2. Cycling is more conducive to recreation than running because you cannot get injured riding too long as readily as you can by running too hard or too long.
  3. Cycling requires more technical and expensive gear to be a professional/competitive rider as compared to running. My friend told me that last weekend, on a trip to a local bike shop, he saw a sweet looking, top of the line, bike suspended from the ceiling with a sale price of a whopping $14,000+. Running shoes on the other hand, no matter how elite and performance-based, are rarely in excess of $300-$400. As a result, it is more economical and somewhat less technical to be a competitive runner than it is to be a competitive cyclist. As a result, more people are drawn to running than to cycling.
  4. The enjoyment from cycling is heavily influenced by the external environment in which you are riding whereas the joy of running, I think, comes from internal cues projected as an action affecting the external environment. It is a subtle difference I agree but as was explained to me, you can’t have a good ride if the scenery/environment is confined, repressed and unassuming whereas for most recreational runners, they can get similar psychological benefits from a treadmill workout as one done outdoors.
  5. Finally, because California has longer roads and hillier terrain that can make long runs rather grueling, it is much easier to travel the surrounding area via cycling than it is by running. Beside the major metropolis of San Francisco where as far as I can tell, running is still king, the rest of the open roads in that states are usually inhabited by bicyclists. In contrast, we often hear local complaints about the lack of places to run in New York. Moving across the open road over long distances isn’t as important for those of us who run and train in Central Park.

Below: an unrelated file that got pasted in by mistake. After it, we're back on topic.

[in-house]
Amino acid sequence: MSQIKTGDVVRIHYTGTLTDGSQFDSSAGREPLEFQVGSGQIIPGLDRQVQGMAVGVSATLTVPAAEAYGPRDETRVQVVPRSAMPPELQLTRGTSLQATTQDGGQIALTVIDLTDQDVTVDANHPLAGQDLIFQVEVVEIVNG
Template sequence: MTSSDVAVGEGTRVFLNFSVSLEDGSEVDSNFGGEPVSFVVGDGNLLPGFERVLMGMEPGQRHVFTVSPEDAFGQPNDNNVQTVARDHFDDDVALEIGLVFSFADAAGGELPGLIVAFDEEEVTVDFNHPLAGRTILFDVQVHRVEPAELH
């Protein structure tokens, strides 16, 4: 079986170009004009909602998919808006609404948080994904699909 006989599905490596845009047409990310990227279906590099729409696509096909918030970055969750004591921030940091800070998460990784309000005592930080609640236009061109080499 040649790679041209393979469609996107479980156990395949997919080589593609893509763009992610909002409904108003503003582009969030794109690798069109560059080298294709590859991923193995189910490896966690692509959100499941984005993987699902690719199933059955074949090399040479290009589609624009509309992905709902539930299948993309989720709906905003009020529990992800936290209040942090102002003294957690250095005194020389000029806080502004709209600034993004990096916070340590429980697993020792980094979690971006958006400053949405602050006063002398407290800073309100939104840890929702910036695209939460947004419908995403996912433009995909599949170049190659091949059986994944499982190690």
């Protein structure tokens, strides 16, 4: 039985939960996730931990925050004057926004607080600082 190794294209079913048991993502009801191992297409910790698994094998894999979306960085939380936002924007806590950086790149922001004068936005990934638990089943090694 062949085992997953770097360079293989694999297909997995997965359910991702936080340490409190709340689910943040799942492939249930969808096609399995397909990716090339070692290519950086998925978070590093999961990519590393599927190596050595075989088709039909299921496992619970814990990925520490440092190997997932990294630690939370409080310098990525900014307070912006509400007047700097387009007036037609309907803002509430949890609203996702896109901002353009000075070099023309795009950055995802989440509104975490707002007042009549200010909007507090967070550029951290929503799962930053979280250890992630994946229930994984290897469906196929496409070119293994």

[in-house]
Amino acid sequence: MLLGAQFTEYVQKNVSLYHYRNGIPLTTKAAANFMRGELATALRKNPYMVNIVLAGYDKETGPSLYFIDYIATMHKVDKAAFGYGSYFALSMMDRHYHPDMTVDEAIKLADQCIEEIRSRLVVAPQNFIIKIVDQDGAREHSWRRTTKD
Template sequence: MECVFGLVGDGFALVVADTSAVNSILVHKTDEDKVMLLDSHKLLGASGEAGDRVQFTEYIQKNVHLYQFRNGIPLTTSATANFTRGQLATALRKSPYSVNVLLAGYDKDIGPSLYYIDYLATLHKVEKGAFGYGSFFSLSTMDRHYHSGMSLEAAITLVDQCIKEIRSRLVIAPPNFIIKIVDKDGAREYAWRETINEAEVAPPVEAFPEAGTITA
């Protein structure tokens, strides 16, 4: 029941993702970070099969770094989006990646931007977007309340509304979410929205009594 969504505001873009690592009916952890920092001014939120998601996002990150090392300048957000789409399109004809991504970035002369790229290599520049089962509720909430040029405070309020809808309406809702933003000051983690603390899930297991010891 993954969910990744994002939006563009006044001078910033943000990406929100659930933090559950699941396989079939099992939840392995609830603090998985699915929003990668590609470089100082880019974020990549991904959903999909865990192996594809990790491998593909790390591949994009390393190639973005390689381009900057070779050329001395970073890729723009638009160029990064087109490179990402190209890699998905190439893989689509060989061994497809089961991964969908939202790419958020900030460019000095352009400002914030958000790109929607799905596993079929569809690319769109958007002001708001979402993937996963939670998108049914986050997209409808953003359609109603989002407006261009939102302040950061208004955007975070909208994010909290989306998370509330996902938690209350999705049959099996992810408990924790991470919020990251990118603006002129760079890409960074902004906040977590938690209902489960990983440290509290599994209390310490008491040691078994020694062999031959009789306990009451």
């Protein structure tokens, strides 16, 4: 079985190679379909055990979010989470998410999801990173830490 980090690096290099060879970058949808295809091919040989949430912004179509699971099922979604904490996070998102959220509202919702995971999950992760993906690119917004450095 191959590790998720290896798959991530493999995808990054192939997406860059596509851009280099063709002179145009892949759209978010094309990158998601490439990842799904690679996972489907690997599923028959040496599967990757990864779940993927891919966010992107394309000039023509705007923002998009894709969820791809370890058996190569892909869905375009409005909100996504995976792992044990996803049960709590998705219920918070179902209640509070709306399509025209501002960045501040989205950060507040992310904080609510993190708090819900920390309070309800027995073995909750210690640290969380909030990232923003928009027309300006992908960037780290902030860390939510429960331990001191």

For these reasons, it makes more sense for recreational cyclists to turn up in California where there is lush scenery, steep hilly roads and perfect weather than it is for runners to run recreationally over there. Conversely, running will always dominant the scene in NYC even if the number of local riders are generally increasing.
Agree or disagree? Let me hear your perspectives in the comments.

19 comments:

D10 said...

I agree that California has much better roads to cycle on. However, there also seems to be many runners in Cali. I think with the state being so big and there being many places runners can run (trails, beach, roads, etc) runners are more spread out where in NY they are more confined.

Susan said...

I see TONS of bikers where I live because there's a long trail that I run on, and I agree...most are just recreational bikers who are out to enjoy the day or the company of whoever they are biking with. (This is just my perception...I've never actually talked to them.) Some bikers are out in full-on cycling gear, but they aren't nearly as frequent as the bikers in everyday clothes. To most people, a leisurely bike ride is much easier to accomplish than a leisurely run, so people are more inclined to hop on a bike than put on a pair of running shoes.

Brian Morrissey said...

My guess is it's a combination of environment and culture. The weather in California is obviously better. Cycling is infinitely less fun in crappy weather. The hills outside LA and in SF make for great riding. That's led to a critical mass of cyclists, which lead to more people to try the sport, etc. Cycling in New York is alright. Going around Central Park is simply terrible. You have to dodge all the pedicabs and clueless tourists that walk in front of you. Outside the park, the options pretty much come down to Piermont and Nyack. Those are nice for long rides, although they require going over the GW Bridge and dealing with cabs pulling in front on you on the way there. On top of that, as you point out, cycling is a gear heavy sport. Many people in CA have garages or at least decent-sized homes. My apartment is the size of a (small) garage.